May 12, 2015 | by Dan Piepenbring
- “Indigenous Architecture through Indigenous Knowledge,” a 52,438-word dissertation by a Ph.D. candidate named Patrick Stewart (not that one), “eschews almost all punctuation. There are no periods, no commas, no semicolons … ” Stewart “wanted to make a point about aboriginal culture, colonialism, and ‘the blind acceptance of English language conventions in academia.’ ” He conducted his oral exam last month; his teachers questioned him for hours. But in the end, he passed.
- What someone ought to do is write an entire dissertation using turn-of-the-century telegraphy abbreviations, as decoded in this 1901 book: “Wr r ty gg r 9” means “Where are they going for No. 9”; “Is tt exa tr et” means “Is that extra there yet?”
- Disclaimer: the remark above was not intended to senselessly valorize an outmoded technology. “I’ve heard many a nostalgist say there was something more, well, effortful, and therefore poetic, in the old system of walking for miles to a record shop only to discover they’d just sold out. People become addicted to the weights and measures of their own experience: We value our own story and what it entails. But we can’t become hostages to the romantic notion that the past is always a better country.”
- For the second time, the avant-garde company Elevator Repair Service is mounting a theatrical adaptation of The Sound and the Fury: “Even if Faulkner isn’t your thing, or if confusion of characters and time frames aren’t, either, it’s important to see the piece, if only to understand how scripts work—and how they transform the actors in the space of the stage.”
- In which Ottessa Moshfegh tries mayonnaise: “Mayonnaise, to my mother, was like peanut butter to the French: disgusting, uncivilized, and impossible to find. On a scale of respectability, a jar of mayonnaise came in somewhere between a vat of pig fat and one of those plastic pails of Marshmallow Fluff.”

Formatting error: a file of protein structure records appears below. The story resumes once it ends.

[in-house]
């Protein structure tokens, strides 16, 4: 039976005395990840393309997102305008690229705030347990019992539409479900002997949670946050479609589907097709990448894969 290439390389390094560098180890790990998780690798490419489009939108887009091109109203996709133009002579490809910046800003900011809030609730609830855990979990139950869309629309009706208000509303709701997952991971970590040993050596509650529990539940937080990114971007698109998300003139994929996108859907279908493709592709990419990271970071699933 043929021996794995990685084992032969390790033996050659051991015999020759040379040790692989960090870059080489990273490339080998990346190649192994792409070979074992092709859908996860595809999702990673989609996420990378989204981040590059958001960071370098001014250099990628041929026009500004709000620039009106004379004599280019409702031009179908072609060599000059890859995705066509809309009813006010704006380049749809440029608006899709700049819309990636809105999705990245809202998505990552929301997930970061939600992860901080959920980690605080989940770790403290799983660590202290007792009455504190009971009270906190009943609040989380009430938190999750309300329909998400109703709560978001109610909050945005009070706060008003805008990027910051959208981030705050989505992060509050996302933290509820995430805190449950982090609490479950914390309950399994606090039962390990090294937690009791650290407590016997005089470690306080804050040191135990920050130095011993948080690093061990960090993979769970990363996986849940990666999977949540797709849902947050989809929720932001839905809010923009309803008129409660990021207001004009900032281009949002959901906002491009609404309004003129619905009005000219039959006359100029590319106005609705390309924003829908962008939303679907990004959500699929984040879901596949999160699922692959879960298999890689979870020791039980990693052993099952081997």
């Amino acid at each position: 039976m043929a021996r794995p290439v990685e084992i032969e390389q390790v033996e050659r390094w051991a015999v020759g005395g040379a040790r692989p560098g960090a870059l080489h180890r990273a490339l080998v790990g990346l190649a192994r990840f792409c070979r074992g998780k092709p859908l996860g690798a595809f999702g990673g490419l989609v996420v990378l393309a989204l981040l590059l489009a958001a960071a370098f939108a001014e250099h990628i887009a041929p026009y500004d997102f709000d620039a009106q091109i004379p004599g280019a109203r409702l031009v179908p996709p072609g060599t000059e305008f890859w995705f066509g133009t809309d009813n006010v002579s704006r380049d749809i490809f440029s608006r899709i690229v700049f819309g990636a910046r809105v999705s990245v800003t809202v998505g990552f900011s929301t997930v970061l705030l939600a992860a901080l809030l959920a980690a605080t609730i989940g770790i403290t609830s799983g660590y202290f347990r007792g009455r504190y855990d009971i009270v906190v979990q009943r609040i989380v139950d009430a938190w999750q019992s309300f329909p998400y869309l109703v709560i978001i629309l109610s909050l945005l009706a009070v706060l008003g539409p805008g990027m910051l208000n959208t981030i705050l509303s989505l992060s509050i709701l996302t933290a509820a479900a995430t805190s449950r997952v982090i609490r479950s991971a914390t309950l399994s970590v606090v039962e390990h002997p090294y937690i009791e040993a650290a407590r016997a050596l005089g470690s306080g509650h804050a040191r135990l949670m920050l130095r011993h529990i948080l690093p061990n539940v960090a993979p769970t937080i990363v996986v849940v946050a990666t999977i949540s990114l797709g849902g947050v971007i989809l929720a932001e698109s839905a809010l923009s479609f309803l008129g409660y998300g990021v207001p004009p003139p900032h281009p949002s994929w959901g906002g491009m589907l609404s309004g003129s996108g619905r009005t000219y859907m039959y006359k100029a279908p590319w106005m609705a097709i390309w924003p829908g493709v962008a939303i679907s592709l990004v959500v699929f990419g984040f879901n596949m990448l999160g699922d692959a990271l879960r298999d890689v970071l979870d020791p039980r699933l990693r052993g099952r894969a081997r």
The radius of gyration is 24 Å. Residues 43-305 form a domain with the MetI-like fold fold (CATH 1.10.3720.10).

December 1, 2014 | by The Paris Review
That photo on the cover comes from Marc Yankus, whose subject is New York buildings: “I can feel the brick, I can feel the hardness and the corners of the building ... the structure, the monolith, the sculpture, the abstract.”
In the Art of Memoir No. 2, Vivian Gornick talks about feminism, bad reviews, love versus work, and coming to terms with failure:
I knew I had to stay with it as long as it took to write a sentence I could respect. That’s the hardest thing in the world to do—to stay with a sentence until it has said what it should say, and then to know when that has been accomplished.
And in the Art of Screenwriting No. 5, Michael Haneke reveals the imaginative process behind movies like The White Ribbon and Amour—and why there are no “right” readings of his films:
I would never set out to make a political film. I hope that my films provoke reflection and have an illuminating quality—that, of course, may have a political effect. Still, I despise films that have a political agenda. Their intent is always to manipulate, to convince the viewer of their respective ideologies. Ideologies, however, are artistically uninteresting. I always say that if something can be reduced to one clear concept, it is artistically dead.
There’s also a special triple feature on Karl Ove Knausgaard, with an exclusive excerpt from My Struggle, Book 4; an essay on depression and Dante’s hell; and an exchange with The New Yorker’s James Wood on masculinity and good reasons for writing badly.
Plus new fiction by Joe Dunthorne, Ottessa Moshfegh, Sam Savage, and Saïd Sayrafiezadeh; poems from Sylvie Baumgartel, Jeff Dolven, Cathy Park Hong, Phillis Levin, Jana Prikryl, Frederick Seidel, and Brenda Shaughnessy; and a series of aphorisms by Sarah Manguso.